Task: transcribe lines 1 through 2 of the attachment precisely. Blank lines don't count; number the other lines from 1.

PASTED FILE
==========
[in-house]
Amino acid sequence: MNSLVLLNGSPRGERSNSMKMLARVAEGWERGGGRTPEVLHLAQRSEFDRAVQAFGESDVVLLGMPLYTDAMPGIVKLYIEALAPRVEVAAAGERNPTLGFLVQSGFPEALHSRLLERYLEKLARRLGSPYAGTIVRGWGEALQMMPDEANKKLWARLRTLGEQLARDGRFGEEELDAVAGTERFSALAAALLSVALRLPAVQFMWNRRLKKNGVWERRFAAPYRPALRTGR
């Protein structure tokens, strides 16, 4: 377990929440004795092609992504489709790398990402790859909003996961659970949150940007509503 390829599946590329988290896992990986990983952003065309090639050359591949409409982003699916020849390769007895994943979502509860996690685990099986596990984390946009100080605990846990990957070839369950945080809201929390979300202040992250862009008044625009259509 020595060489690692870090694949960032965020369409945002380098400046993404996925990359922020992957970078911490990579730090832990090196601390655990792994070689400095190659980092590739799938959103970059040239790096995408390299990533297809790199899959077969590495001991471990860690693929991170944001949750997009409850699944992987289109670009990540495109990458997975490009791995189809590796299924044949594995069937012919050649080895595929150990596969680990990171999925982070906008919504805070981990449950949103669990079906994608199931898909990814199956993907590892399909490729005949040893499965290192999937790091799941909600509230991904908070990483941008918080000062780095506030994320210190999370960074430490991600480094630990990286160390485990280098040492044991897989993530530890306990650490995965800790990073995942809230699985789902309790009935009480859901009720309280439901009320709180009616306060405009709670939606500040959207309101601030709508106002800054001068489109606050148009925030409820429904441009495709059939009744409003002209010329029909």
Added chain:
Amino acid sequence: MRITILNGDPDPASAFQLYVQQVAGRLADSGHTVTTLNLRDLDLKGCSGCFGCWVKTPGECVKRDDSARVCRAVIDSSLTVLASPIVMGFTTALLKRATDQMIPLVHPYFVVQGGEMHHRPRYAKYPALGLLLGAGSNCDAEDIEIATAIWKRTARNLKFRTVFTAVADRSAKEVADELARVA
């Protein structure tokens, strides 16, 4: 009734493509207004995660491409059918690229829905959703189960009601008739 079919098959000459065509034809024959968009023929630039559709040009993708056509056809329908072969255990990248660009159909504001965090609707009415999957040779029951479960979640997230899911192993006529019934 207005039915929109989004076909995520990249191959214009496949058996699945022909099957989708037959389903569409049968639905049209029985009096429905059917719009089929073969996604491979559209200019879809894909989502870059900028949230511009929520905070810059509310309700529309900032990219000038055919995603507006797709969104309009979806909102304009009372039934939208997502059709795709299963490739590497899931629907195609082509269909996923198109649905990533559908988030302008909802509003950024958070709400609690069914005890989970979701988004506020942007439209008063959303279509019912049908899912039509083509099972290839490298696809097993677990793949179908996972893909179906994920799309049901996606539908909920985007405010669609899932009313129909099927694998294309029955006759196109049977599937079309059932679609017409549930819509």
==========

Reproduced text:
[in-house]
Amino acid sequence: MNSLVLLNGSPRGERSNSMKMLARVAEGWERGGGRTPEVLHLAQRSEFDRAVQAFGESDVVLLGMPLYTDAMPGIVKLYIEALAPRVEVAAAGERNPTLGFLVQSGFPEALHSRLLERYLEKLARRLGSPYAGTIVRGWGEALQMMPDEANKKLWARLRTLGEQLARDGRFGEEELDAVAGTERFSALAAALLSVALRLPAVQFMWNRRLKKNGVWERRFAAPYRPALRTGR